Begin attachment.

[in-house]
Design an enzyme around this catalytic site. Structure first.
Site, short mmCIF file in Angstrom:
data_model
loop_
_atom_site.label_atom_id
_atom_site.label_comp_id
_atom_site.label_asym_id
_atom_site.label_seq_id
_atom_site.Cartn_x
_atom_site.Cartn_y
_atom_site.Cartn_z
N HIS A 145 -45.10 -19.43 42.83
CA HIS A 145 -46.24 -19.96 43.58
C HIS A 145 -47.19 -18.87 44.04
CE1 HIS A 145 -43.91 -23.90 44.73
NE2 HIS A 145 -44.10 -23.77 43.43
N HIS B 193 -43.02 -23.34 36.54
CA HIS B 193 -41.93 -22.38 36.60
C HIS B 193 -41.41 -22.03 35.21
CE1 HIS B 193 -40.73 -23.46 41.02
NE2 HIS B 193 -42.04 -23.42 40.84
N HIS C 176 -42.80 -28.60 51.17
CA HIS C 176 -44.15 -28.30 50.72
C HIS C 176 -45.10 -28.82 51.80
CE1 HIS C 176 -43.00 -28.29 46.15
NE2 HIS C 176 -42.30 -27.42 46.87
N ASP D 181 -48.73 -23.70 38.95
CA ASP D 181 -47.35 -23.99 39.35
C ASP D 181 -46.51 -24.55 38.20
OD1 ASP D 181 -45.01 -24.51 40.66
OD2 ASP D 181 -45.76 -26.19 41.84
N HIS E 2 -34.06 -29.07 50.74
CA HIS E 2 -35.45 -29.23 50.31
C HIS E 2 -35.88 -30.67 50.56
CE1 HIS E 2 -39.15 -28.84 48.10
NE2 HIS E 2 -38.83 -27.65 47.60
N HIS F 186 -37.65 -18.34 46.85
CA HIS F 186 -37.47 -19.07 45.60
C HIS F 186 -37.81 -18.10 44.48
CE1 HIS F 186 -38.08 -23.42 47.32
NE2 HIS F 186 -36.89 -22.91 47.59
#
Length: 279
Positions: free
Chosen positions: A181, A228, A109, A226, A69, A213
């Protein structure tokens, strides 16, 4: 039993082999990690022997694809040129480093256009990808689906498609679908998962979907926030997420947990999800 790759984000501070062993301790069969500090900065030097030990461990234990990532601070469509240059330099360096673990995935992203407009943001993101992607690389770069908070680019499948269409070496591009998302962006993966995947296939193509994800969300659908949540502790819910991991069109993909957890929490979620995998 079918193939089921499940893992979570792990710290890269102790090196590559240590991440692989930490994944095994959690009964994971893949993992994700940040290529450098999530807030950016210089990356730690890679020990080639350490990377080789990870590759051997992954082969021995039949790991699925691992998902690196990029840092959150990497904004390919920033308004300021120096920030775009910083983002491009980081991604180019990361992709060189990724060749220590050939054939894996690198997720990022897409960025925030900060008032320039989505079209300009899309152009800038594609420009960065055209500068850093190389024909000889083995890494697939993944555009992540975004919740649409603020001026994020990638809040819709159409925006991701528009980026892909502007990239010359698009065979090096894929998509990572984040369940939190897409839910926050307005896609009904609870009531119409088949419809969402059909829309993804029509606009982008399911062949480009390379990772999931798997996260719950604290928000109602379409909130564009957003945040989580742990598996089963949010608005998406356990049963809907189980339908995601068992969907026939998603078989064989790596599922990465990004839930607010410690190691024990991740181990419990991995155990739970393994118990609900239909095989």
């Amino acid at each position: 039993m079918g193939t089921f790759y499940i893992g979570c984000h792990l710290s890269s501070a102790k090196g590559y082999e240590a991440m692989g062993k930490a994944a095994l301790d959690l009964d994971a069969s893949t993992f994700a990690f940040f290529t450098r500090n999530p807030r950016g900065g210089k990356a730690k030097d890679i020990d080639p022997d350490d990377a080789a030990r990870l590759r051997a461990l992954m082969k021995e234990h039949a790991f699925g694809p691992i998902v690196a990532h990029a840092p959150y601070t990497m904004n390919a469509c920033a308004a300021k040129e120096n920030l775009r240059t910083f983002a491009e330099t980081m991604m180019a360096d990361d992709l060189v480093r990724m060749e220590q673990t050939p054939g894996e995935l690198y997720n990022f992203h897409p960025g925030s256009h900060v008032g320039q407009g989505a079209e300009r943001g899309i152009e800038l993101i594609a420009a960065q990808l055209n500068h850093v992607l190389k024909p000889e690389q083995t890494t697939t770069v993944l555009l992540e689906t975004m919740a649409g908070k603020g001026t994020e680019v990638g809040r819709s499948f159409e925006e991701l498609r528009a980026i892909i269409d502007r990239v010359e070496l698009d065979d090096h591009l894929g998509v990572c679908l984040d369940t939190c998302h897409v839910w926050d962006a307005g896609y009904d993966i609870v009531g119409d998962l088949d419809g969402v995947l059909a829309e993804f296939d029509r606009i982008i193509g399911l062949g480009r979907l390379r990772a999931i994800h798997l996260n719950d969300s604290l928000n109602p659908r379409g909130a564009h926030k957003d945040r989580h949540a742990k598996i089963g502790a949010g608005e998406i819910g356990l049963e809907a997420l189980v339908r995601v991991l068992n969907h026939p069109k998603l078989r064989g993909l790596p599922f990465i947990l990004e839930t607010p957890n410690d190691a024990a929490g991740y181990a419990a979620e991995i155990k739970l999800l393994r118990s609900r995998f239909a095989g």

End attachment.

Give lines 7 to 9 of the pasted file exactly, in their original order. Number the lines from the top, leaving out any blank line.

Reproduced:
_atom_site.label_comp_id
_atom_site.label_asym_id
_atom_site.label_seq_id